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Cisco IOS in a Nutshell, 2nd Edition by James Boney

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Chapter 1. Getting Started

In the first edition of this book, I may have dated myself a bit by starting this chapter off with the following paragraph:

The modern world is networked in a way that could barely be imagined a few decades ago. Today, the Internet reaches into virtually every business and almost every home. Our children and even our grandparents speak of dot-coms, email, and web sites. The Internet is now part of our culture.

Almost four years have passed since then, which does not seem like much time at all. But in the networking and computer fields, that’s a very long time indeed. Our children and grandparents now speak of dot-bombs, MP3s, broadband, voice over IP, instant messaging, and outsourcing. Even the once-killer app email has been surpassed by the gratification of instant messaging. Things have certainly changed, which leaves us to wonder what the next few years will bring.

No matter what happens, Cisco is likely to continue its dominance of the networking world. Even that little router sitting on your cable or DSL connection at home could very well be a Cisco device. Routers and switches are the glue that holds the Internet together. And Cisco is the most prominent router manufacturer, holding the largest share of the market. Their routers come in all shapes and sizes, from inexpensive units for homes and small offices to equipment that costs hundreds of thousands of dollars, used by very large ISPs and telcos. Almost all of their devices—from the smallest to the largest—run the Internetwork Operating System (IOS) . Therefore, they share the same command set, the same user interface, and the same configuration techniques. While a small home network router doesn’t have the features or the capacity of an ISP’s router, you configure them pretty much the same way. Both routers use access lists, have similar security mechanisms, support the same set of protocols in the same way, and so on.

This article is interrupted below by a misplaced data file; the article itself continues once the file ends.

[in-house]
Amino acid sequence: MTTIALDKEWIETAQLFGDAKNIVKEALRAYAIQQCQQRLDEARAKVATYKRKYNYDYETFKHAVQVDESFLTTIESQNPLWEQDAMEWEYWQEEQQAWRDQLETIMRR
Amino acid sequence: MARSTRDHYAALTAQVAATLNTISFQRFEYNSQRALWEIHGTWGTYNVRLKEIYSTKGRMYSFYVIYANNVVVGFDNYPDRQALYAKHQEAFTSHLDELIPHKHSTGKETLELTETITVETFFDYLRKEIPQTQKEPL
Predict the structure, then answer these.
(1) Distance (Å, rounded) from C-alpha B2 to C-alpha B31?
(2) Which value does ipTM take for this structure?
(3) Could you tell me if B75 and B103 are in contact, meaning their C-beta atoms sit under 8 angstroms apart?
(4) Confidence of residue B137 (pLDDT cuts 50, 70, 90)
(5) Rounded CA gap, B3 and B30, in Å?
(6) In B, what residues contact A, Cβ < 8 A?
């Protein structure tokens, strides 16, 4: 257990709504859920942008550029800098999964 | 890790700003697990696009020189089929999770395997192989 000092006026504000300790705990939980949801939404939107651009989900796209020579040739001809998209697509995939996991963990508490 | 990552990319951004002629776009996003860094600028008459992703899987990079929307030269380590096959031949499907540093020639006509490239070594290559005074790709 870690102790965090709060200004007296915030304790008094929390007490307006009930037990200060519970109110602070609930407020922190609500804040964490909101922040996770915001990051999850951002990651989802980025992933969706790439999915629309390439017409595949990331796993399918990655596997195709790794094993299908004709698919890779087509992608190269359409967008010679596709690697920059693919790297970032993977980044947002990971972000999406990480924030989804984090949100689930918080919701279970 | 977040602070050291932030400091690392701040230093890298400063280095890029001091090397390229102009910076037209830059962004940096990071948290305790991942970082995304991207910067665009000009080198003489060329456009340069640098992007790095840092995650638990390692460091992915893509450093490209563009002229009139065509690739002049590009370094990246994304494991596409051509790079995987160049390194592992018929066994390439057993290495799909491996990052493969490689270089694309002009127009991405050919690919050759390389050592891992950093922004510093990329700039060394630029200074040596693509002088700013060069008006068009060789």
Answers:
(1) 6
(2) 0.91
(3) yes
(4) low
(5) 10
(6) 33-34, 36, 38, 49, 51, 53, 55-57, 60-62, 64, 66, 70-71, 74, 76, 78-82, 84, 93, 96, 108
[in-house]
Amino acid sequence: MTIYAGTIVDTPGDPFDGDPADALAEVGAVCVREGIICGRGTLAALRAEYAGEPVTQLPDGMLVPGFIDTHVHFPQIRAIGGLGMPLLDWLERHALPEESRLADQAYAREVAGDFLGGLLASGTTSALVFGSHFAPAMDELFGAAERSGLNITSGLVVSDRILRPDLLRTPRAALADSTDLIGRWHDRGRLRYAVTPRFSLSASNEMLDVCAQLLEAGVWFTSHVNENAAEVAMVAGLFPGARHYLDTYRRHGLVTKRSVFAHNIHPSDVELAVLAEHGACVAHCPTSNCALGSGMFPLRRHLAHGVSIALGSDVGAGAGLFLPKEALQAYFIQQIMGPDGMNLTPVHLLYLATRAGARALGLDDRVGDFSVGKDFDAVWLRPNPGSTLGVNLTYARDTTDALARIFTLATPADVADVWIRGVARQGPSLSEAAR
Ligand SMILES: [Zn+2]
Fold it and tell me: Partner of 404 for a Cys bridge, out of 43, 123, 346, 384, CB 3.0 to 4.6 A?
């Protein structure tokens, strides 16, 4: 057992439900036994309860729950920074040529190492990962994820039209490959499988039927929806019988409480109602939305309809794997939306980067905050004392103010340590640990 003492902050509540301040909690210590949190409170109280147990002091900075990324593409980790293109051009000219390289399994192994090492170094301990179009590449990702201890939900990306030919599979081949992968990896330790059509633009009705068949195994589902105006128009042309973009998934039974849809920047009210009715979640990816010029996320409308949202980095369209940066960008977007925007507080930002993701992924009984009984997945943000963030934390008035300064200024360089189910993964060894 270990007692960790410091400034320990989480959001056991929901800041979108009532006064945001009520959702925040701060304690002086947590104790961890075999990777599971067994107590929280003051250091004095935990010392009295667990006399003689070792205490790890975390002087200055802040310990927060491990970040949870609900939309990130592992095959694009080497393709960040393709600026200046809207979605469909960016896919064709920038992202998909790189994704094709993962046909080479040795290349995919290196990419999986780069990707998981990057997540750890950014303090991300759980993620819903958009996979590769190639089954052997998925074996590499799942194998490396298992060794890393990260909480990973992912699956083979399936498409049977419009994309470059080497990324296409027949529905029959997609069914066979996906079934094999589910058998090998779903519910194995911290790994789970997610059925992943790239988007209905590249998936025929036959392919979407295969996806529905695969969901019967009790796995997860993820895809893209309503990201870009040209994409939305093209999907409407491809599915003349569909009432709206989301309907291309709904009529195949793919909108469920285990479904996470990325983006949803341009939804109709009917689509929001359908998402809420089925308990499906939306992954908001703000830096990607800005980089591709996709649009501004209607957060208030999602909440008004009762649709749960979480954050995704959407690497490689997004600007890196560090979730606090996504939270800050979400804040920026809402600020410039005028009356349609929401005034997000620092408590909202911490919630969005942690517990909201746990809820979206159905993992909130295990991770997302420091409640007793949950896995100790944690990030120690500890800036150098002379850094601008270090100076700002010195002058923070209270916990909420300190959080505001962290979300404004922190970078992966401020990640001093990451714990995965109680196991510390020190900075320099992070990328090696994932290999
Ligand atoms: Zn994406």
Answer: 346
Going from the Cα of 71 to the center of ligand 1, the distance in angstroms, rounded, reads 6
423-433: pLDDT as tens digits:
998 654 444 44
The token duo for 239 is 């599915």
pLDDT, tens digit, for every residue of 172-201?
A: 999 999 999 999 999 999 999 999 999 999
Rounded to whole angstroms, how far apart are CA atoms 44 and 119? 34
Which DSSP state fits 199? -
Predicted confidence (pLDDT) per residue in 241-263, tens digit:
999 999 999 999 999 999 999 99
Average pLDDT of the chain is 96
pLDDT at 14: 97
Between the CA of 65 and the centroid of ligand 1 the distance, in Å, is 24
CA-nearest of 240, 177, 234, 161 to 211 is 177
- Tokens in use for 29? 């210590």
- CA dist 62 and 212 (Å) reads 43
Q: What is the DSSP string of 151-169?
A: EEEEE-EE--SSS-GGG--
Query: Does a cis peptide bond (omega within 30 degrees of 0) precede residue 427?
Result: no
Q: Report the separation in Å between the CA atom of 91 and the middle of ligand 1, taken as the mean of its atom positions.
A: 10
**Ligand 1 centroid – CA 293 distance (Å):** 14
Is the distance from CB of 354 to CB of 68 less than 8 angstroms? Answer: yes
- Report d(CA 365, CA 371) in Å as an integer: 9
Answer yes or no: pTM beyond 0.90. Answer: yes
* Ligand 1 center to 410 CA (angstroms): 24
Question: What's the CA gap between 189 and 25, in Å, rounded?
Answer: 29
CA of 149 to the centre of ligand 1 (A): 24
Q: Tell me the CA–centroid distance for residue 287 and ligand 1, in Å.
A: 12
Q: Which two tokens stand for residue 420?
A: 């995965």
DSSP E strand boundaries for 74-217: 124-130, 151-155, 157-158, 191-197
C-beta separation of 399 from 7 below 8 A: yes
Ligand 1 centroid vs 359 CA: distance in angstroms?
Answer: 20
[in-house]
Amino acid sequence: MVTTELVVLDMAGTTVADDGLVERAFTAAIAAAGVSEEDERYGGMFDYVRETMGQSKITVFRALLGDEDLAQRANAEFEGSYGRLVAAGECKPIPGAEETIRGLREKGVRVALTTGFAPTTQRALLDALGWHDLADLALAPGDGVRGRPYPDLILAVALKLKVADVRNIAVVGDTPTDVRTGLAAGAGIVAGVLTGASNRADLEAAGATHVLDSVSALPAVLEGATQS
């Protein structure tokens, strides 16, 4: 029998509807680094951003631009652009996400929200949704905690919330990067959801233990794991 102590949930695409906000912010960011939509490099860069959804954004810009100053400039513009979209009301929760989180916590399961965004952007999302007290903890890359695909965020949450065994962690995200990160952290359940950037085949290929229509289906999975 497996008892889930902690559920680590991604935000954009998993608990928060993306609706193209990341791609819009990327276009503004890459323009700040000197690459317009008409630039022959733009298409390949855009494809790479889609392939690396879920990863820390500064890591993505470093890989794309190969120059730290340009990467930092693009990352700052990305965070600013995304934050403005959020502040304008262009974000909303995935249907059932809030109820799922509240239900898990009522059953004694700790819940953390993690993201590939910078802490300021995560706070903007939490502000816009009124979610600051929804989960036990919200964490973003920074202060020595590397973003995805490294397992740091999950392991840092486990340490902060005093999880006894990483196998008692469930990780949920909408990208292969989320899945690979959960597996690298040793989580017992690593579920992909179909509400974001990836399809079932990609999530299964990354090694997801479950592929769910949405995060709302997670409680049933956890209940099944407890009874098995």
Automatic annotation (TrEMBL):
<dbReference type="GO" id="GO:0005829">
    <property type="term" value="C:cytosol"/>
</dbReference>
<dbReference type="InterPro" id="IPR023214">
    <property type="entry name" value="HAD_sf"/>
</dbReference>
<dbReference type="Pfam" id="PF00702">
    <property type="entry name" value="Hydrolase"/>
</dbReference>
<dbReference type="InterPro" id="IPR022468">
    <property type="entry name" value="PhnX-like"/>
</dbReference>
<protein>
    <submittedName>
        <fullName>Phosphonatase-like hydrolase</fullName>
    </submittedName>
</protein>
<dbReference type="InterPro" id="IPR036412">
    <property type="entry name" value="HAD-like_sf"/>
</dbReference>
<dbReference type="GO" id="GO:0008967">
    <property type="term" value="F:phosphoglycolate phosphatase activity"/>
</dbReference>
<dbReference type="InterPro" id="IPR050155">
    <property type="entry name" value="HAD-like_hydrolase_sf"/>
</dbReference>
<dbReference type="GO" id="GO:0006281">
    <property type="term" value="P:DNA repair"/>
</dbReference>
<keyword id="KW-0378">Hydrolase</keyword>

As Cisco continues developing its product line, it’s clear that the Internetwork Operating System (IOS) is a key part of its strategy. As new products come out, they all have the familiar IOS interface.

IOS is an extremely powerful and complex operating system with an equally complex configuration language. There are many commands, with many options, and if you get something wrong you can easily take your company offline. That’s why I’ve decided to provide a quick-reference guide to IOS. As large a book as this is, though, it’s impossible to cover all of IOS. Therefore, I’ve limited the discussion to IOS configuration for the TCP/IP protocol family. I’ve included all the commands that you need to work with TCP/IP and the lower-level protocols on which it relies. In the last edition, I apologized for not including other protocols such as IPX due to the lack of space in a handy reference. Today, there is hardly a need for such an apology, as TCP/IP has become the standard networking protocol for all but the most legacy network environments.

This book is intended as a quick reference, not as a step-by-step exposition of routing protocols or as an IOS tutorial. I haven’t focused on thorough explanation; instead, I’ve tried to give lots of examples of the things people most frequently need to do when configuring a Cisco router, with just enough explanation to get you by. I’ll start with the user interface (Chapters 1, 2, and 3), then talk about configuring lines and interfaces (Chapters 4, 5, and 6), access lists (Chapter 7), and routing protocols (Chapters 8, 9, and 10). Chapter 11, new in this edition, addresses quality of service issues, while Chapter 12 describes dial-on-demand routing. Chapter 13 covers a variety of networking topics, including bridging, Network Address Translation (NAT), tunnels, and Multiprotocol Label Switching (MPLS). Chapter 14, also new to this edition, describes working with switches and VLANs. Chapters 15 and 16 cover IOS security and troubleshooting, respectively. Chapter 17 is the quick reference. Chances are, by the time the next edition of this book appears, the quick-reference section will be pretty well thumbed and worn out.

At first, the Cisco user interface appears cryptic. After learning the interface’s structure, you’ll become much more comfortable with it. Once you have learned some special features, you’ll be able to work with the router’s configuration easily.

IOS User Modes

IOS has two primary modes of operation: user mode and privileged mode. When you first connect to the router, you are placed in user mode. The Cisco documentation refers to this as the user exec mode; I am going to omit “exec” throughout this book. The user mode is indicated by the prompt:



The word “Router” is replaced with your router’s hostname if the hostname is already configured.

The show commands in user mode are limited to a few basic levels. You cannot edit or view configurations at this stage; you can only view the router status and other miscellaneous information. To obtain a basic listing of commands, type a question mark: